After the permissions are set and at least one sync cycle has completed successfully:
There should be no sync errors of type “Permissions-issue” in the Export phase to on-premises AD that impact the msDs-KeyCredentialslLink attribute.
Q7: I started getting new synchronization errors after refreshing the Azure AD Connect schema and setting the permissions for the msDs-KeyCredentialslLink attribute. What else could I be missing?
Refreshing the schema in Azure AD Connect might also add additional attributes to be written back to on-premises depending on which other changes happened to the AD schema after Azure AD Connect was installed.
Two of the attributes that might be added to the outbound rules to on-premises AD are: msDS-ExternalDirectoryObjectId and publicDelegates. Both attributes are used by Exchange Online.
The error message if these permissions are not set are like the one described for msDs-KeyCredentialslLink (“Permissions-issue”), but with msDS-ExternalDirectoryObjectId and/or publicDelegates as the impacted attributes.
This issue typically happens if the AD schema was upgraded by a new version of Exchange after Azure AD Connect was installed.
Q8: And how do I solve these permissions errors for Exchange attributes?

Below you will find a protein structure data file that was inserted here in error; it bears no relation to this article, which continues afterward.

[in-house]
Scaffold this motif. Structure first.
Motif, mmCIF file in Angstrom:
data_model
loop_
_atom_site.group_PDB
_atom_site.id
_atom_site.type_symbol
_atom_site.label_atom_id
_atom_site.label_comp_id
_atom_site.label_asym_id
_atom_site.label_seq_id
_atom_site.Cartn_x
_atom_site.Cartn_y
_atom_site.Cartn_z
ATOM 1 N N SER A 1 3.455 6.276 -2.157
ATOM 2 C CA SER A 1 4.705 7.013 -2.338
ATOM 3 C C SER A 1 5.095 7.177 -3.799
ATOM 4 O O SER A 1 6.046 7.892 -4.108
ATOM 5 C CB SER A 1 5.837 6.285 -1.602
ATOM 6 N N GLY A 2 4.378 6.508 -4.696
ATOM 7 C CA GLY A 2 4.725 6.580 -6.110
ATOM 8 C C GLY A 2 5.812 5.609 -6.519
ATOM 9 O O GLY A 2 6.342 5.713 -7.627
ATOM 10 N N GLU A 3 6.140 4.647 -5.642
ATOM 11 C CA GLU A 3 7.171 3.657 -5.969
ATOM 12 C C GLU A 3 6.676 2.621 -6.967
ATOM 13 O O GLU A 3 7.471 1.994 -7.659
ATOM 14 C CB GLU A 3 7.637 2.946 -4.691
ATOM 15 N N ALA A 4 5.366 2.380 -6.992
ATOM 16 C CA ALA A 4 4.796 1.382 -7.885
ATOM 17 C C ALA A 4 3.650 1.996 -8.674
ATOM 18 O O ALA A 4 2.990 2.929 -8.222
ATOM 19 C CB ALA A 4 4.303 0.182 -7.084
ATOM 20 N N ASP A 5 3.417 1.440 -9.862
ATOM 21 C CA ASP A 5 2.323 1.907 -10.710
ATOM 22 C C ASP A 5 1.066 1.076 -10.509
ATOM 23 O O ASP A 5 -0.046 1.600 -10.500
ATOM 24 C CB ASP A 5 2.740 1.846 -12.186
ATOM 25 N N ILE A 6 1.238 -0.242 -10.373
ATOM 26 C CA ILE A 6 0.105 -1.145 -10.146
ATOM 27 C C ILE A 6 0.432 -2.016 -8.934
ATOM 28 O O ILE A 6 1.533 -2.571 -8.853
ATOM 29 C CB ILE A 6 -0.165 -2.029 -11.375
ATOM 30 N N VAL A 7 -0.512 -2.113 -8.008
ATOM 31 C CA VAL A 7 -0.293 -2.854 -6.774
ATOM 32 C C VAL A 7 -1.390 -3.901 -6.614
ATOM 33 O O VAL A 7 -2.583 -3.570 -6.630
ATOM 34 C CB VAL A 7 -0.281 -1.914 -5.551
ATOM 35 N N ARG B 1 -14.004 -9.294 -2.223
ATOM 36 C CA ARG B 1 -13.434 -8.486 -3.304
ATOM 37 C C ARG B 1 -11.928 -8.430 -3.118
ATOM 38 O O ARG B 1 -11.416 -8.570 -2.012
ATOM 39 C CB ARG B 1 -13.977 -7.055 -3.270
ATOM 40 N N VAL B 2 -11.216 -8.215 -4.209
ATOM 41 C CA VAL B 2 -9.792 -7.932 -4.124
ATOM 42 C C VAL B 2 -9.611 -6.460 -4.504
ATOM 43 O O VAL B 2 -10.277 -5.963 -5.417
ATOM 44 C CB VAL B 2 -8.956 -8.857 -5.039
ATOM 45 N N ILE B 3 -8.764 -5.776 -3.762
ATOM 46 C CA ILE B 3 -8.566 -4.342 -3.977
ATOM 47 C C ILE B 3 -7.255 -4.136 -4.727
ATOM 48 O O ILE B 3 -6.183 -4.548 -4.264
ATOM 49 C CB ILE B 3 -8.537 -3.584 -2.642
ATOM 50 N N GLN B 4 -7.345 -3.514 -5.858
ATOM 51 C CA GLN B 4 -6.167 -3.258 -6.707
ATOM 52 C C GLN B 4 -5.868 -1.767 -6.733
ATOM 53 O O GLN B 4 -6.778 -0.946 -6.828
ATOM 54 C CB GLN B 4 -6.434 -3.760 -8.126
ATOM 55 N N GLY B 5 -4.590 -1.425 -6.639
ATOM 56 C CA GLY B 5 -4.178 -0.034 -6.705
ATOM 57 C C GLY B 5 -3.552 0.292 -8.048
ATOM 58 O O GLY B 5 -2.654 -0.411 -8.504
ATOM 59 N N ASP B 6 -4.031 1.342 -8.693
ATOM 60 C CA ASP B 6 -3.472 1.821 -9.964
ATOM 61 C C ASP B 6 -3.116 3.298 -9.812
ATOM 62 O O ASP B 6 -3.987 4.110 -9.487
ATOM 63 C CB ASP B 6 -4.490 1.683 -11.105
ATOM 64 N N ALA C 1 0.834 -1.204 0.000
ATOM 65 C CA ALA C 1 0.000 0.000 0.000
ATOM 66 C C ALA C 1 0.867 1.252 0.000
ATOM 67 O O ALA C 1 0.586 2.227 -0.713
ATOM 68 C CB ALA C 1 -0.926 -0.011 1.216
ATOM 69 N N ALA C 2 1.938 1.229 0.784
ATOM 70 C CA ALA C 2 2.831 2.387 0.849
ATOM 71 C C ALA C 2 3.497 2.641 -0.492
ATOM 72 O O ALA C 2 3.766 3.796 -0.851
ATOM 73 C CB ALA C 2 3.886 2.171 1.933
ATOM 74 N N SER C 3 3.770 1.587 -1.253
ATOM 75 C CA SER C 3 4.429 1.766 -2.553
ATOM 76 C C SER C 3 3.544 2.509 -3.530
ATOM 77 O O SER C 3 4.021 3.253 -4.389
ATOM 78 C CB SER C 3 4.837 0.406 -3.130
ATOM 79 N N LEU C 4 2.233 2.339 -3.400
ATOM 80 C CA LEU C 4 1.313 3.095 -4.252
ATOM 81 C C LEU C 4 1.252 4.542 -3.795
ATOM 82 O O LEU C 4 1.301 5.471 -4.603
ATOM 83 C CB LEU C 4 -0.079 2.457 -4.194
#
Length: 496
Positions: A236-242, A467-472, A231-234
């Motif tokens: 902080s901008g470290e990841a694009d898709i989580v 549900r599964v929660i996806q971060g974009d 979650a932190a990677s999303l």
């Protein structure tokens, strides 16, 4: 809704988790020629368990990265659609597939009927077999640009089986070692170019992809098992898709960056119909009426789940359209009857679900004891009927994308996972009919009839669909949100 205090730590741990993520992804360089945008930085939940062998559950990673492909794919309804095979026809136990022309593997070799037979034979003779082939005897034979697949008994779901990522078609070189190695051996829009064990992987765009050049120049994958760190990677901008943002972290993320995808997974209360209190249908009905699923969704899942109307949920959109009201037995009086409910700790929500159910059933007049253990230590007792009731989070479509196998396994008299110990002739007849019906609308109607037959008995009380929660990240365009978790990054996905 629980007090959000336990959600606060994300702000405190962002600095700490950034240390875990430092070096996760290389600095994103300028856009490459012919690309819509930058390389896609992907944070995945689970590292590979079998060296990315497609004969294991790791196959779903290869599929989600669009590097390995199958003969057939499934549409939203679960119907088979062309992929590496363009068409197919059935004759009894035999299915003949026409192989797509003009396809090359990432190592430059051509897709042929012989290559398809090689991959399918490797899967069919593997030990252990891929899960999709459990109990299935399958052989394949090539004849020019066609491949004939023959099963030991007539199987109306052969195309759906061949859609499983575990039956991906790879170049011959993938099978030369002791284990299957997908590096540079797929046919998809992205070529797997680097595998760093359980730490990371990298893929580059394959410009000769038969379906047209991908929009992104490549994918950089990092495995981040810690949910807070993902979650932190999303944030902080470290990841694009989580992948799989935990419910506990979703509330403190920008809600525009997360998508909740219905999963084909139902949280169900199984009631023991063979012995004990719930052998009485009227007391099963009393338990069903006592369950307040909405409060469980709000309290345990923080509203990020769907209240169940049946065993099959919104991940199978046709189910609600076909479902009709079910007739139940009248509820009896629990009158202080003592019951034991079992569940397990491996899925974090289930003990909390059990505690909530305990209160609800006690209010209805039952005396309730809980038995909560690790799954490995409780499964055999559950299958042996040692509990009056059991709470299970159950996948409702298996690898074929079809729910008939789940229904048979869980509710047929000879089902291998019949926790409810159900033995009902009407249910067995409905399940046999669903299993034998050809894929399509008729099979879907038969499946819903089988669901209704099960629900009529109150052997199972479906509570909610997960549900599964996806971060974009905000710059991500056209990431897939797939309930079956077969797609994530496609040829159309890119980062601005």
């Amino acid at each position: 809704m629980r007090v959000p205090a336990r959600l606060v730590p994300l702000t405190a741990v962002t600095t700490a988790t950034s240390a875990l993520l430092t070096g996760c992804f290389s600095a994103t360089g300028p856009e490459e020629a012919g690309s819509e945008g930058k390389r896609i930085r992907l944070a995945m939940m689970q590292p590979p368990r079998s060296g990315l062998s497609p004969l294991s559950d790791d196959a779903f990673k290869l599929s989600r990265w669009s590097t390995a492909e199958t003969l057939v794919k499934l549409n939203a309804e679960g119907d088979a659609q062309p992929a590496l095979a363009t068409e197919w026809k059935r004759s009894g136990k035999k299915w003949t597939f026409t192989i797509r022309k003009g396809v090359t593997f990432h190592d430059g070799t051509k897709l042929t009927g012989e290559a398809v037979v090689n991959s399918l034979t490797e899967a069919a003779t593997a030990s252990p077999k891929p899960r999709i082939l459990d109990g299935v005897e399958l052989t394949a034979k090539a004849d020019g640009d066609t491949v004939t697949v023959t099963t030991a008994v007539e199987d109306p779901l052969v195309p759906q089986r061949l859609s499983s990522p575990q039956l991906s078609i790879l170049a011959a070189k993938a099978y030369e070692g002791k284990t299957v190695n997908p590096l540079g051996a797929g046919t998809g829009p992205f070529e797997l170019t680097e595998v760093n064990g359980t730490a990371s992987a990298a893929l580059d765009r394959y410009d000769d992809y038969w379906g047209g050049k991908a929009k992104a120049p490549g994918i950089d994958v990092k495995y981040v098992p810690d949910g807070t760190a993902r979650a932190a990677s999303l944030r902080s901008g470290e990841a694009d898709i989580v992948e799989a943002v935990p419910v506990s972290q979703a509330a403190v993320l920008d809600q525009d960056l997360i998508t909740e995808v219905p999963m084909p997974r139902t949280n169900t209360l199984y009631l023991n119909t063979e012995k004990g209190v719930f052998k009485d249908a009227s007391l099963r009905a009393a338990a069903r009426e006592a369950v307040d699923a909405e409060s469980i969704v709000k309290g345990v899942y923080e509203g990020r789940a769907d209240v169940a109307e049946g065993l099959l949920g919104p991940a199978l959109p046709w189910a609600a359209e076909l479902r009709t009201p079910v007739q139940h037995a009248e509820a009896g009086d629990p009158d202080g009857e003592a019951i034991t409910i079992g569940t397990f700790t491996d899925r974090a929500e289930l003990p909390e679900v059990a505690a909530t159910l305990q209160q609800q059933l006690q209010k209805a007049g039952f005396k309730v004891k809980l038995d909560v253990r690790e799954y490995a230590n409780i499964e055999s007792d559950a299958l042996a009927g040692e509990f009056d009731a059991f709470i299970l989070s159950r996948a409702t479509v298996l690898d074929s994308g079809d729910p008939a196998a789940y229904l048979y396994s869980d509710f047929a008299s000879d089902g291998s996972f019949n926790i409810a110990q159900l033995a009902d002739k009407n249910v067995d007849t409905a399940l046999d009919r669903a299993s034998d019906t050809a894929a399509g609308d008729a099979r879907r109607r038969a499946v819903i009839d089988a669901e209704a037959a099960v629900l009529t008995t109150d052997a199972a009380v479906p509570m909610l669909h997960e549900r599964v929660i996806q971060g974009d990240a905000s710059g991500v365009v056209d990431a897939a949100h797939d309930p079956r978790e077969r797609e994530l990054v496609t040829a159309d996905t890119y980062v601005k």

Similar to the msDs-KeyCredentialslLink attribute, make sure that the sync account(s) also has Read/Write permissions over these attributes for Descendant User Objects.
Q9: I’m deploying Windows Hello for Business in the key trust model, so I assumed that I don’t need any certificates, but I’m still getting errors when users try to access on-premises resources. What could be the reason?
A common misunderstanding is that the key trust model doesn’t require any certificates. Although this is true for end-users, domain controllers still need their own certificates to be able to authenticate users using Windows Hello for Business credentials.
When deploying Windows Hello for Business, make sure that:
Domain controllers have the proper type of certificate with the right EKU and key size. More information about this certificate requirements are available here.
The certificate chain for the on-premises PKI services is not in the local machine store.
The Certificate Revocation Lists (CRLs) are reachable.
Q10: Is there any additional technical information on how Windows Hello for Business provision and authentication works?